The Danish authorities were clearing up yesterday after Copenhagen's customary calm was broken by riots which forced police to fire tear gas and arrest 300 people after a weekend demonstration.
Trouble flared when 1,000 protesters gathered in the capital to protest plans to evict a group of young people from a city centre building. The graffiti-covered youth centre is to be handed over to a Christian congregation that bought it five years ago.
Police said they had detained "200 to 300" demonstrators in the worst outbreak of unrest seen in Copenhagen for years. Flemming Steen Munch, spokesman for the police, said: "It was extremely violent. It looked like a war zone and it's been many years since we last had to use tear gas on the streets."
Witnesses said cobblestones and fireworks were thrown at the security forces and at least one demonstrator had suffered respiratory problems after tear gas was fired. Police split the main body of demonstrators into several smaller groups, using armoured vehicles. But demonstrators then took their violent protest to the city centre, smashing shop windows and leaving a trail of destruction. The Jyllandsposten newspaper reported that one demonstrator was found unconscious and two police officers had been taken to hospital to be treated for their injuries.
Last Thursday, a peaceful demonstration was mounted in a last-minute effort to persuade the Copenhagen city council to stop the eviction.
Protesters says enforcing the court order to evict the young people is part of a policy of trying to clean up the less gentrified areas of the Danish capital.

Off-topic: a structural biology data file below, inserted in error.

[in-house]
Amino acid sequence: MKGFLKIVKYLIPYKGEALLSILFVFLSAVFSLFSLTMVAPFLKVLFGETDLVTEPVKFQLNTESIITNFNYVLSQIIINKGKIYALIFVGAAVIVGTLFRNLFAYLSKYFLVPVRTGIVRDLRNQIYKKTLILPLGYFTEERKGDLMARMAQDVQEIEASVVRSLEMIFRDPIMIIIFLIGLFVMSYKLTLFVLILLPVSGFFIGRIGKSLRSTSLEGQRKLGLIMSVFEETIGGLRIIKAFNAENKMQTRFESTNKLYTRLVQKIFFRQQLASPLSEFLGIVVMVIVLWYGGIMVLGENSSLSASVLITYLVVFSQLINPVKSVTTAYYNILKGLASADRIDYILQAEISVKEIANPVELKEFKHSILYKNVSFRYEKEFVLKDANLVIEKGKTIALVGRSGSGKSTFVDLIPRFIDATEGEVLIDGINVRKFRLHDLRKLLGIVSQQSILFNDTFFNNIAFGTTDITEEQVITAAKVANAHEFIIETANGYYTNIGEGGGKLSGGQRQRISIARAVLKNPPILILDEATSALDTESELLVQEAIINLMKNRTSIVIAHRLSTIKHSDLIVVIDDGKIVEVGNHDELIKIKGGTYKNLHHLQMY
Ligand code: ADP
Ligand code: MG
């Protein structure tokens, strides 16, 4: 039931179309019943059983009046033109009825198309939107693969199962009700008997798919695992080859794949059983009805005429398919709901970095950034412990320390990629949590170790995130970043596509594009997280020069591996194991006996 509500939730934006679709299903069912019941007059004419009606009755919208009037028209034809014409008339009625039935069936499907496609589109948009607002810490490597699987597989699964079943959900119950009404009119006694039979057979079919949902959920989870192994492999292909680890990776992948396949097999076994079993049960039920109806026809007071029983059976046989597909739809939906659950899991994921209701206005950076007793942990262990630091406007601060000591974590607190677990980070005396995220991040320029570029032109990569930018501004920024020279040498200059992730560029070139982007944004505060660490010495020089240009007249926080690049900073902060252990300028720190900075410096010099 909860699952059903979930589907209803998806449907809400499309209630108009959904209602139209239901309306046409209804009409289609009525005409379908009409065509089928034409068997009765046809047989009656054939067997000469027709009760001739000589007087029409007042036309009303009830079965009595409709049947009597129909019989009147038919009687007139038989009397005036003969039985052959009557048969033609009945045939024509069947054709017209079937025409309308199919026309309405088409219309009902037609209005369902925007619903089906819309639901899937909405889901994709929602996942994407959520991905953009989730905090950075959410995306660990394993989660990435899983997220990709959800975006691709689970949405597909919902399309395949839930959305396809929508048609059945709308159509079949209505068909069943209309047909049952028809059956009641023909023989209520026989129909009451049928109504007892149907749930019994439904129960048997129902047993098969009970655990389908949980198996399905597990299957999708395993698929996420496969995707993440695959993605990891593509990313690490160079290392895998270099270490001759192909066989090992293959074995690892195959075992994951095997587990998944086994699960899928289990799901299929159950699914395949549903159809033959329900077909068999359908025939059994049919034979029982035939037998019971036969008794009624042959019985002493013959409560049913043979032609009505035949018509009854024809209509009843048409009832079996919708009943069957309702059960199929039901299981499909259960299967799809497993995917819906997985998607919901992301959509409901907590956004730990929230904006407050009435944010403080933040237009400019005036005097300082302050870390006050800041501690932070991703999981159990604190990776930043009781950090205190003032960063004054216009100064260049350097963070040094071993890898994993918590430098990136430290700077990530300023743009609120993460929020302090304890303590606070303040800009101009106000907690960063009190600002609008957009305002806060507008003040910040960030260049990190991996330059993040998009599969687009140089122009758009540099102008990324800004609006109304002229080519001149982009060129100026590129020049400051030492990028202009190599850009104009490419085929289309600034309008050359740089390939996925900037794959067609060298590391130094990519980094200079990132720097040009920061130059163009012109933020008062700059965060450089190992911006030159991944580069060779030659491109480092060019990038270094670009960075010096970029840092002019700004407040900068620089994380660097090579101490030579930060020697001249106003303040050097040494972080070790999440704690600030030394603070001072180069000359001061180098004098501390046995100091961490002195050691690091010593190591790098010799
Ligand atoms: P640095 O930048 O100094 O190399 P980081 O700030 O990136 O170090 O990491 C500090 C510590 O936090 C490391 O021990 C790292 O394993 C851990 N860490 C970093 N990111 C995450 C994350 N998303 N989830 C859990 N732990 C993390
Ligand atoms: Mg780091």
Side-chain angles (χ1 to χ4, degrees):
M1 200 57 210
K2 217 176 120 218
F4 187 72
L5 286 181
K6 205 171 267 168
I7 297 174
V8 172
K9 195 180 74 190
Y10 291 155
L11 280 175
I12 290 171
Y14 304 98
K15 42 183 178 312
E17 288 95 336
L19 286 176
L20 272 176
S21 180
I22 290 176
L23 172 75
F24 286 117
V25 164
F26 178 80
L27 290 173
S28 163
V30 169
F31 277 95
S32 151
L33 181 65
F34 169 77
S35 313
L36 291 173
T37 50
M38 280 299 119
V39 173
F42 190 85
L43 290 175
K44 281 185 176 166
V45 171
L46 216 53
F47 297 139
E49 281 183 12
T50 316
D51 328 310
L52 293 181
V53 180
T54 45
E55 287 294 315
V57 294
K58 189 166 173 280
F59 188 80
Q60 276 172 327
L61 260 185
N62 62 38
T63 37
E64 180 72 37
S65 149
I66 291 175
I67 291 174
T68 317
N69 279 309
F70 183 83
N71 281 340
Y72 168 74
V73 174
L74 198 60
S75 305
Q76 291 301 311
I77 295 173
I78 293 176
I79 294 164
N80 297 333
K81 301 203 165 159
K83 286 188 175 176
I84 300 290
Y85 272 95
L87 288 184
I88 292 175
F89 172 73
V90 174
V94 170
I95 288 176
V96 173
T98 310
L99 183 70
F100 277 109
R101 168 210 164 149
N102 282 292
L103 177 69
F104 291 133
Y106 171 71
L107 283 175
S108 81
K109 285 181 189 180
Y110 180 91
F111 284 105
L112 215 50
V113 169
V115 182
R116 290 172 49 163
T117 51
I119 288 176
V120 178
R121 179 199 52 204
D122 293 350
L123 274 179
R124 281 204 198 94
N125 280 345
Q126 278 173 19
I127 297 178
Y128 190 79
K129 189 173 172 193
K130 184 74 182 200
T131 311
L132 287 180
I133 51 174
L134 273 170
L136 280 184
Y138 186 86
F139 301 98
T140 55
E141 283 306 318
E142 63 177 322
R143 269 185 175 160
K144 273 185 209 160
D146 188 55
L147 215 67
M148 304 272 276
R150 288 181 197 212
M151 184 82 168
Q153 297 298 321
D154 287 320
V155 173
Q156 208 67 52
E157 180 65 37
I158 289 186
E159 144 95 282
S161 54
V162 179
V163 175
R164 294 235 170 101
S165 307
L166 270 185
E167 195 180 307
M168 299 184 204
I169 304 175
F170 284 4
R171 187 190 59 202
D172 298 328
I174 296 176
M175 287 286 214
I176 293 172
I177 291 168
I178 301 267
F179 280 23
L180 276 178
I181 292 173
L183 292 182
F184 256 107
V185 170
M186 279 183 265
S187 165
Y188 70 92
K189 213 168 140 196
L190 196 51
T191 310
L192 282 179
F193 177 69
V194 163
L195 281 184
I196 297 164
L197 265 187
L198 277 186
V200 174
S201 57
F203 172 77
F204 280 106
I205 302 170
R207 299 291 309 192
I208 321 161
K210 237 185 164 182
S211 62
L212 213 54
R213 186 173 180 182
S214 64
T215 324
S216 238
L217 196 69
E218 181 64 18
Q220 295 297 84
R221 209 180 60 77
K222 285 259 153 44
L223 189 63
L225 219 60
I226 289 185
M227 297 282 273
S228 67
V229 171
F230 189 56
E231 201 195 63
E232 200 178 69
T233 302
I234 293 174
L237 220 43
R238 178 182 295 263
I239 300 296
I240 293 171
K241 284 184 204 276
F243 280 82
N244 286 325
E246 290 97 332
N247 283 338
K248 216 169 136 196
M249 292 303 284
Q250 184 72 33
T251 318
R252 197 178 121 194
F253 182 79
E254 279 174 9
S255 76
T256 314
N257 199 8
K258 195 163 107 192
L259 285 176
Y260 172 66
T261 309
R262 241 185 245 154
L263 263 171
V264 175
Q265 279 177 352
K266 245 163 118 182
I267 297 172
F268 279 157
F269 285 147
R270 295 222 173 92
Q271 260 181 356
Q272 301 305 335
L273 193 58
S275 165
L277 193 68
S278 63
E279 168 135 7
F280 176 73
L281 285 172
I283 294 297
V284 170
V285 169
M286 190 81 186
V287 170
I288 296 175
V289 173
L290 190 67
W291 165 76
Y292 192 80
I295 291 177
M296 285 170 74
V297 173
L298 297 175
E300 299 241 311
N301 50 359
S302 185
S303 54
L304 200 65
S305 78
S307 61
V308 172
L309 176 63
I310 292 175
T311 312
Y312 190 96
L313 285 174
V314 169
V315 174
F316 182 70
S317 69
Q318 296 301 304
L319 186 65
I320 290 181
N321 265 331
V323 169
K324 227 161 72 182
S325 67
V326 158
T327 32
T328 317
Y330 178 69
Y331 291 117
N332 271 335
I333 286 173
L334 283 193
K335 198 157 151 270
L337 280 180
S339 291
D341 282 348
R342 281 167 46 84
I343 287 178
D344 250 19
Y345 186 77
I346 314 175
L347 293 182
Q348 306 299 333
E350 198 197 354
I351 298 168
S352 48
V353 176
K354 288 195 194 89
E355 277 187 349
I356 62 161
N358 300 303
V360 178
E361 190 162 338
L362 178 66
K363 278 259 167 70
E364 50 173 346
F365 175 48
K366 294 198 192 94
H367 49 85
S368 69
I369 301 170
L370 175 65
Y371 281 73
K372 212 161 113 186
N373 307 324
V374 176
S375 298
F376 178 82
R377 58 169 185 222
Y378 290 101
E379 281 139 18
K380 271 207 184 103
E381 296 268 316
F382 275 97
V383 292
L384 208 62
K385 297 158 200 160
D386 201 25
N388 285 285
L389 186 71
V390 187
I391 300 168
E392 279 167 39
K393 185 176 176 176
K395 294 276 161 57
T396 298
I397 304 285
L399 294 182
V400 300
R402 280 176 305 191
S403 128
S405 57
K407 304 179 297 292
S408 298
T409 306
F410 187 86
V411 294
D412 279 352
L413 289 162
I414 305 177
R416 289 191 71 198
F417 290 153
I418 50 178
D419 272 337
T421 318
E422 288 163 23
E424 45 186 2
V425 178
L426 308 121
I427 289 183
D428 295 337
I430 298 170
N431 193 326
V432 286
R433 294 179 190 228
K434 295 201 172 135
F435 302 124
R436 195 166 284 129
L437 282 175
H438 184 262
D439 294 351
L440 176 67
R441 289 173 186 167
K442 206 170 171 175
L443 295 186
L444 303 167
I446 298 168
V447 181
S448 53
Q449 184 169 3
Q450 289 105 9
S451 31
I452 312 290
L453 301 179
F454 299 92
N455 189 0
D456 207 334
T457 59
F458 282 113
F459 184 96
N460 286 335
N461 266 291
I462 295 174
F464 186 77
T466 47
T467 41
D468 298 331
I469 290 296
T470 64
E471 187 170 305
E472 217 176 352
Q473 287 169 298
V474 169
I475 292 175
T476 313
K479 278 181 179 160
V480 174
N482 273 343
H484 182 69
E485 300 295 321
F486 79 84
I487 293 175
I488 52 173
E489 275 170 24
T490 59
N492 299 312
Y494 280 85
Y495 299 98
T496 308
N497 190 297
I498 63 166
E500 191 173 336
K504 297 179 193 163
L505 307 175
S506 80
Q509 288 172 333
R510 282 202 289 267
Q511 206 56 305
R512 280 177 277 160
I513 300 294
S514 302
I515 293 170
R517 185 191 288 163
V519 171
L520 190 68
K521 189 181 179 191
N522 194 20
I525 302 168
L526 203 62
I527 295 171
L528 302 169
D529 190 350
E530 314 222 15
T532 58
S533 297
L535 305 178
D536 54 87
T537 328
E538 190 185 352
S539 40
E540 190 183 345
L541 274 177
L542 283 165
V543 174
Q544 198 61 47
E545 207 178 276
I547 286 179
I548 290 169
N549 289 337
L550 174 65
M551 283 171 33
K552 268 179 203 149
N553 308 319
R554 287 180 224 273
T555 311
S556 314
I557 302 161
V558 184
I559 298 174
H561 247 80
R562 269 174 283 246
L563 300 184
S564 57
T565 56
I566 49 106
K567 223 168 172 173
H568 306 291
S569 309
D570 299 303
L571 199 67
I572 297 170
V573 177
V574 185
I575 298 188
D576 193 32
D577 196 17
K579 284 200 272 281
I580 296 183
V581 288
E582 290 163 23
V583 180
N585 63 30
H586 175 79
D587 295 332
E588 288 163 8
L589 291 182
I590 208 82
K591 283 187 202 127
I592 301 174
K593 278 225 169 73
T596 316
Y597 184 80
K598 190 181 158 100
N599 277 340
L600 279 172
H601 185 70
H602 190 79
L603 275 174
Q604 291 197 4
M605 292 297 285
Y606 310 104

Left-wing activists have been using the Ungdom-shuset youth centre in the city's Nørrebro district building as a base since 1982 when it was first occupied by young squatters. They ultimately established their right to live there.
But the present conflict has been brewing since 1999 when the building was sold by Copenhagen city council to a group called Human A/S, which later sold it on to the Faderhuset Christian group. The residents have staged numerous demonstrations to keep the house since August, when Faderhuset's right to move in was upheld by Denmark's eastern high court.
The occupants of the youth centre have called for a political solution. But the best hope of that was dashed with a final rejection from the management of Faderhuset to an offer of £1.2m for the Ungdom-shuset collective. Young people fear the building will be demolished to help regenerate that area.
For weeks, the Nørrebro Trade Association has been warning of the risk of rioting as the crisis escalated and tempers flared among young people who fear they will be left homeless.
The court originally ordered the occupants to leave on 14 December though they were subsequently given a stay of execution. The city's mayor has expressed regret at the refusal of the Faderhuset management to accept the buyout but said nothing could be done since it was a private, commercial decision.
Such violence is rare in Denmark, and in the other Nordic countries, which have experienced little similar destruction since the protests of the anti-globalisation movement petered out a few years ago. During those protests, the city of Gothenburg suffered serious damage during a European summit.Reuse content